Will the Vick Co-Defendant Plead-out Stop the Inane Duke Lacrosse Comparisons?

The news:

Taylor to have plea agreement hearing on Monday
Posted: Friday July 27, 2007 9:02PM; Updated: Friday July 27, 2007 9:45PM

RICHMOND, Va. (AP) -- One of Michael Vick's co-defendants doesn't want to wait for trial.

Instead, a plea agreement hearing has been scheduled for Tony Taylor at 9 a.m. Monday in the federal dogfighting conspiracy case.

Taylor's hearing was added to U.S. District Judge Henry E. Hudson's docket Friday, a day after he and the other three defendants pleaded not guilty before the same judge. Vick and the others still are scheduled for trial Nov. 26.

Prosecutors claim Taylor, 34, found the Surry County property purchased by Vick and used it as the site of "Bad Newz Kennels," a dogfighting enterprise. The Hampton man also allegedly helped purchase pit bulls and killed at least two dogs that fared poorly in test fights.

Perhaps Taylor's impending plea will squelch the annoying Old Media comparisons of the Vick case to that of the innocent Duke lacrosse players wrongly indicted by Prosecutor Mike Nifong last year.

A week ago, in probably the most egregious example of Duke-Vick projection, Sports Illustrated writer Peter King appointed himself to be NFL Commissioner Roger Goodell's translator:

The most telling 23 words regarding Michael Vick's immediate future as a football player came late in the NFL's statement about the alleged heinous, dastardly and despicable acts that led to charges being filed against the former savior of the Atlanta Falcons.

Michael Vick's guilt has not yet been proven, and we believe that all concerned should allow the legal process to determine the facts.

With that, rookie commissioner Roger Goodell sent a strong message: This is not going to be the Duke lacrosse case.

Does anyone besides Peter King and a few other race-obsessed reporters, opportunists, and attention-seekers think Roger Goodell had the Duke situation in mind when he made his statement?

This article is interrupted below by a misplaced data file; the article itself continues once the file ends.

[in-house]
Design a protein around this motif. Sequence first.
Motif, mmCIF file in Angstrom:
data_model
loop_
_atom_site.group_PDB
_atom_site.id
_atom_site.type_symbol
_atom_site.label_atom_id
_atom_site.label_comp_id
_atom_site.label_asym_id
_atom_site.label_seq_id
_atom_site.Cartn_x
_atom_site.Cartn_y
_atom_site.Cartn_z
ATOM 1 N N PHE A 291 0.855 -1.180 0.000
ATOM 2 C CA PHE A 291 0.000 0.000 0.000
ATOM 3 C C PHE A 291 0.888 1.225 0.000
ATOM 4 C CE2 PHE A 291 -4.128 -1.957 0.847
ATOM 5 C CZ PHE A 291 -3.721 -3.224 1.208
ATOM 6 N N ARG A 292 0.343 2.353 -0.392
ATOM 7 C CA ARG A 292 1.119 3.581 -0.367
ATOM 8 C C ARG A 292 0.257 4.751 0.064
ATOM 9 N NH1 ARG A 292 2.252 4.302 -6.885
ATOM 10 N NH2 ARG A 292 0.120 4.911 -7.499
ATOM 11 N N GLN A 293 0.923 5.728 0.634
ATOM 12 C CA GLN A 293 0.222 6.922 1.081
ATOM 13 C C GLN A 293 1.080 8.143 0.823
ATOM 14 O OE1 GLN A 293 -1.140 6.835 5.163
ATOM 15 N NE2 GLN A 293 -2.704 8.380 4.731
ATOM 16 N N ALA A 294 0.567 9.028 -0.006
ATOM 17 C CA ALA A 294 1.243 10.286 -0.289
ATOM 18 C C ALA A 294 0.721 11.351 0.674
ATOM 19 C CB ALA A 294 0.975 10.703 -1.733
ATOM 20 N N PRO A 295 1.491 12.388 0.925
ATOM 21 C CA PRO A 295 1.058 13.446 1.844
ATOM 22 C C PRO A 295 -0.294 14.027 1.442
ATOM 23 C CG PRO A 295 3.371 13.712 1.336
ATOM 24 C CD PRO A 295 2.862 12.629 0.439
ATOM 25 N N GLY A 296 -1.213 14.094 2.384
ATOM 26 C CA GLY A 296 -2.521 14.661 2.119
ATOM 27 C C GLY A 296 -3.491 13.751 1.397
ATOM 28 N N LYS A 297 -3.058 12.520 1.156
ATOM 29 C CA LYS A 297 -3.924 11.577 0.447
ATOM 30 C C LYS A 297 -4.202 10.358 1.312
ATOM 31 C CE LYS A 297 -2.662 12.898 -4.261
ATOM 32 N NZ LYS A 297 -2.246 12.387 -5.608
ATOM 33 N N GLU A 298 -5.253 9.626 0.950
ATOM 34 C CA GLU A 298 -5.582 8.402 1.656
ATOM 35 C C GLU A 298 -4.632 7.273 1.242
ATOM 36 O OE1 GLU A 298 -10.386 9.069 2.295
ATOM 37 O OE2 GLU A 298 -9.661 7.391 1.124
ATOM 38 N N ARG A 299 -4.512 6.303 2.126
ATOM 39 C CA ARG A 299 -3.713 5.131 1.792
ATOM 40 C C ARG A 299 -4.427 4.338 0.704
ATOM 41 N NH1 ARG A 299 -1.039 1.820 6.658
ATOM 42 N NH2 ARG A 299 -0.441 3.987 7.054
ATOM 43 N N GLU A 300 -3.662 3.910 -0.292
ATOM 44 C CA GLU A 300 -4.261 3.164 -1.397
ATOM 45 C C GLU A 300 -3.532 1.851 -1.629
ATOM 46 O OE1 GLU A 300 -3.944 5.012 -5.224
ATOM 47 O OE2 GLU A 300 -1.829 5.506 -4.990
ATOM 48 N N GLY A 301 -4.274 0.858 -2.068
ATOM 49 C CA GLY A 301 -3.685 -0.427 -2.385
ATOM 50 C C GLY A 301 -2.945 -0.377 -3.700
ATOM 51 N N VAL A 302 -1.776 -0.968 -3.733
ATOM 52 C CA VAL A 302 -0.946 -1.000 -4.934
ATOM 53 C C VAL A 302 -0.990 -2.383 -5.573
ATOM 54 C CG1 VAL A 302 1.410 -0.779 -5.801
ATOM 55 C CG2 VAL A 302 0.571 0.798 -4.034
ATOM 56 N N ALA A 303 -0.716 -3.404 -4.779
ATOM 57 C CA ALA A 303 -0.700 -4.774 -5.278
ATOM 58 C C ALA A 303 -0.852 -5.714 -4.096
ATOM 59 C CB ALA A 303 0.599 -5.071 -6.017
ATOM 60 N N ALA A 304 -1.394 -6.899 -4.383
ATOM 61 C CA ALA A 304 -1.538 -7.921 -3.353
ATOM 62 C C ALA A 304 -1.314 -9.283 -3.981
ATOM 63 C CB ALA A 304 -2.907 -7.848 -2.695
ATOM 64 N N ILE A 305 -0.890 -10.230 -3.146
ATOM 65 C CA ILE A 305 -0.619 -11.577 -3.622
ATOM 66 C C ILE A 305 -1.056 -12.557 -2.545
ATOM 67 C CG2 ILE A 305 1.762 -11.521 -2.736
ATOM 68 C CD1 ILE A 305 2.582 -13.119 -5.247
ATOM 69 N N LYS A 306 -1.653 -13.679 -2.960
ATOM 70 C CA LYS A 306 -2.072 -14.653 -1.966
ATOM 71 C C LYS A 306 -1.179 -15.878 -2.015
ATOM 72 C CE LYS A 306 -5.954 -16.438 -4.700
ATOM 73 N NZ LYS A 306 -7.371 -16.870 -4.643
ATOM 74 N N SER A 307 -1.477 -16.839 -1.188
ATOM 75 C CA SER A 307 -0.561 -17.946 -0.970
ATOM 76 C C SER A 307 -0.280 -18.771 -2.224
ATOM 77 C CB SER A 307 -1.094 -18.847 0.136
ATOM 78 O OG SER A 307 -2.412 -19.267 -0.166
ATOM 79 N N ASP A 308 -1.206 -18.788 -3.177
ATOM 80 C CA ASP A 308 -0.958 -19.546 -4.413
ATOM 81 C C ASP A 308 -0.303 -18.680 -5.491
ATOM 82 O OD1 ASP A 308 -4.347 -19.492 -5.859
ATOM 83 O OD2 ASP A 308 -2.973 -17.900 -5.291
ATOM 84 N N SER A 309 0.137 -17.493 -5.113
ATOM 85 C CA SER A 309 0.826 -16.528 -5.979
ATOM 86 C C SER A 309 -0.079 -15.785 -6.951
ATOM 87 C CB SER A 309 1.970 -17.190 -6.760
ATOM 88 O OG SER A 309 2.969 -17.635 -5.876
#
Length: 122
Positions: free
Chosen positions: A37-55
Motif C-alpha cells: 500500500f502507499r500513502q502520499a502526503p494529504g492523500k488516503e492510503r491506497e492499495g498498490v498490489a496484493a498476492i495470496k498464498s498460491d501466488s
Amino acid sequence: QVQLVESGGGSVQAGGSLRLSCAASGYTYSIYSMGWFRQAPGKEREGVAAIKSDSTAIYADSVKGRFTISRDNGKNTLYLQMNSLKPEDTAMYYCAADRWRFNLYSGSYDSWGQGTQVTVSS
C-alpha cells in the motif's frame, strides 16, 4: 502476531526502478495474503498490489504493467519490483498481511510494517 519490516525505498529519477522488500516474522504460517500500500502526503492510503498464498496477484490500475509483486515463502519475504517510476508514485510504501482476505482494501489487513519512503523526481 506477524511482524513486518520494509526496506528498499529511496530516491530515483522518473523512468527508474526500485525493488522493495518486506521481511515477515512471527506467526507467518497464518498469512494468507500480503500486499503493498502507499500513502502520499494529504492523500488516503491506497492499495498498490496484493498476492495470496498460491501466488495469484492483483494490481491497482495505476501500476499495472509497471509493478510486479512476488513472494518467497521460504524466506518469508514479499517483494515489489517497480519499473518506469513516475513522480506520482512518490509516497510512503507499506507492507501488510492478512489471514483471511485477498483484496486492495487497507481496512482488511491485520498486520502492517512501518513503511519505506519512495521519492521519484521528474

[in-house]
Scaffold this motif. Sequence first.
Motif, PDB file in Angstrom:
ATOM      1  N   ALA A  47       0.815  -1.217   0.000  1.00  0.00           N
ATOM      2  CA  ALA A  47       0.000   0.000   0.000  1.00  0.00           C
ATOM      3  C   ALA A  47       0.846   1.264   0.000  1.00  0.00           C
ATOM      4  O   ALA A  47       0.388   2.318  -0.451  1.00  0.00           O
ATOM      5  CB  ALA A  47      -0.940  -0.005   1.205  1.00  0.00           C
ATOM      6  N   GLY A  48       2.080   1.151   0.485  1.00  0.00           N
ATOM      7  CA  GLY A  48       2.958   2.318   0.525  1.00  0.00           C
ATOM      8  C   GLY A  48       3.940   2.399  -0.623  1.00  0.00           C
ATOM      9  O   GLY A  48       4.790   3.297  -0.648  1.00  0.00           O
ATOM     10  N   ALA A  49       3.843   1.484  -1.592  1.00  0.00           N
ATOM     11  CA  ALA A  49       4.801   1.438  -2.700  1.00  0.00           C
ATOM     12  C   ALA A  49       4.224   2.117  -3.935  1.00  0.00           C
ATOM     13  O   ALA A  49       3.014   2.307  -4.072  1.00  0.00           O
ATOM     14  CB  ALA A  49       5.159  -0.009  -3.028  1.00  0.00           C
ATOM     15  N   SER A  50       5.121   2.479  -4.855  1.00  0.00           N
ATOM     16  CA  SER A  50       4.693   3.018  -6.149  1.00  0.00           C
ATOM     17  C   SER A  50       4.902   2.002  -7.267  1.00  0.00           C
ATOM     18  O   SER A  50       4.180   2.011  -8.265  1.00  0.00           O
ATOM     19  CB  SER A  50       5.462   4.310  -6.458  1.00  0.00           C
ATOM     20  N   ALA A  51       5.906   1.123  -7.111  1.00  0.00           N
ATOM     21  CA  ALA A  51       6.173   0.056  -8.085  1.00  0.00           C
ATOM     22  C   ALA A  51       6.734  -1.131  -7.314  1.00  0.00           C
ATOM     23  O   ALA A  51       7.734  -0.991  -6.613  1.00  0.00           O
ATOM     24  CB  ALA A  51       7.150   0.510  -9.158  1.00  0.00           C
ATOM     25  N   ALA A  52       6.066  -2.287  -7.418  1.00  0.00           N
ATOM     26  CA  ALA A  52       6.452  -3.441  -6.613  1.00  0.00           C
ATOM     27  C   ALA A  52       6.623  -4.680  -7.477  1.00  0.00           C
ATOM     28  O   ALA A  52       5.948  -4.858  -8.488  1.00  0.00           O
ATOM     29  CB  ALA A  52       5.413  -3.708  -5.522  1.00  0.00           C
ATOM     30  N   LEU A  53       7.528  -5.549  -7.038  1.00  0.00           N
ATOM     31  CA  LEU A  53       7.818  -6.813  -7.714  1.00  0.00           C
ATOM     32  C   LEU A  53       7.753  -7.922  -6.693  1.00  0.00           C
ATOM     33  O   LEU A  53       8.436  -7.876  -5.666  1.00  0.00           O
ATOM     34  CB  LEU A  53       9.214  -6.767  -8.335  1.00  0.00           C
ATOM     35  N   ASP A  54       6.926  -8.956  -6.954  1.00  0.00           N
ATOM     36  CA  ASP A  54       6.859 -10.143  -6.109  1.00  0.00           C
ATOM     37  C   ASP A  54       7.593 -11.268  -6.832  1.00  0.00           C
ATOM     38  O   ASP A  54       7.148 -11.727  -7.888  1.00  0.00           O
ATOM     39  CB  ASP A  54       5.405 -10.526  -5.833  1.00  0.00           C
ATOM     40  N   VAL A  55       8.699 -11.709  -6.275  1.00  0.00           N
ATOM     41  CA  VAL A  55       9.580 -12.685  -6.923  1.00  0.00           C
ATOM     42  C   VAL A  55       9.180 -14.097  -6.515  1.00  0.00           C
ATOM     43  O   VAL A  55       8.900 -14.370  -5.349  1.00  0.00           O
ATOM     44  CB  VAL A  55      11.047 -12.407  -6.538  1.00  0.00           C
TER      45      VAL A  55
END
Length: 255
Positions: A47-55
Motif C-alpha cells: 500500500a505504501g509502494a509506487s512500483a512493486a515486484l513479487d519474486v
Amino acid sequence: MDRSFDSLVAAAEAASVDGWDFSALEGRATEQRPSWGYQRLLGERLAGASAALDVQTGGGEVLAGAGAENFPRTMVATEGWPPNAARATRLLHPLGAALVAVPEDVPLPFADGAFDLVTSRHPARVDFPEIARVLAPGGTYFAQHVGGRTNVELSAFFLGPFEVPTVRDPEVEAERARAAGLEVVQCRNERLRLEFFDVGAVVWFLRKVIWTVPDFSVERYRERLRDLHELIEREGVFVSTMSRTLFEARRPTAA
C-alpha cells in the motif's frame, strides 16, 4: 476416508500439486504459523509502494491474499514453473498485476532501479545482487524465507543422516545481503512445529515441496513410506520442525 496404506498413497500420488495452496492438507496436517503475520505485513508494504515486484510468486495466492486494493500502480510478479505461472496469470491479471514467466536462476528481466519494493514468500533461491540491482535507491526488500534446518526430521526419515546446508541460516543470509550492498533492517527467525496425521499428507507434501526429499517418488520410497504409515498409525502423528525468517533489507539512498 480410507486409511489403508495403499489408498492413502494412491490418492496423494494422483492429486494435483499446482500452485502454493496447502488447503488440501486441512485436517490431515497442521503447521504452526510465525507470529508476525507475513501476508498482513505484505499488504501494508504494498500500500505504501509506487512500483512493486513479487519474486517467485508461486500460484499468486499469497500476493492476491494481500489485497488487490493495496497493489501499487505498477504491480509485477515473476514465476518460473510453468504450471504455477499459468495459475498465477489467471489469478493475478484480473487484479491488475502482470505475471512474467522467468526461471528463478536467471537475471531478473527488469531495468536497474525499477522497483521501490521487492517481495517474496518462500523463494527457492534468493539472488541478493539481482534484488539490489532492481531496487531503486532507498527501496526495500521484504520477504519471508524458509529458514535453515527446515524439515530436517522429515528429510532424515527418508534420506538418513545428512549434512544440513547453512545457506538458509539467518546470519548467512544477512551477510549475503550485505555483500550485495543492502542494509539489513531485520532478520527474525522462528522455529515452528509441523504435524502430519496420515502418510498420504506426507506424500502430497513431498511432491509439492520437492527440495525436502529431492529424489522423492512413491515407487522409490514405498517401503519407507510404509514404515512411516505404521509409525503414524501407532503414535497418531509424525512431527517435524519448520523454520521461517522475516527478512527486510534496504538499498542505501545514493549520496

Reacting to the Vick indictment on ESPN, Roger Cossack admonished "us" (he actually said "let's not") not to repeat the same mistakes as "we" did in the Duke case. If by "we," Cossack meant the New York Times, many other Old Media outlets, the Duke administration, and 88 horrid faculty members who signed an inflammatory letter -- all of whom in essence presumed guilt when the legal process had barely begun -- he has a small point. If he was telling reporters and others to lay low until there is a final verdict, he was really calling for inappropriate, unwarranted, and unprecedented self-censorship.

Turner's plea, if it indeed occurs on Monday, should break any hoped-for Vick-Duke parallels to bits. But I expect some will continue to play the tune, even though:

  • No one in the Duke case copped a plea.
  • Nifong, the now-disgraced Duke prosecutor, never had any objective evidence of substance (much of it was, to put it delicately, tainted); the Vick prosecutors have a mountain of physical evidence.
  • The Duke indictment was an exercise in prosecutorial fanstasy; the Vick indictment's 18 pages laboriously recite alleged facts and events that will need to be refuted in their entirety.
  • The Duke case had holes you could drive a Mack Truck through, and the only question was whether one of the students would break, not because of guilt, but to stop the accompanying hundreds of thousands of dollars in legal fees from piling up. The Vick indictment has a sounder foundation, and it's not unreasonable to predict that Michael Vick faces a difficult challenge trying to beat this rap.

All of which shows that there is no point in trying to draw parallels between the two situations. Other than the proceedings taking place in a courtroom, there are none.

Cross-posted at BizzyBlog.com.

Animal Rights Culture/Society Michael Vick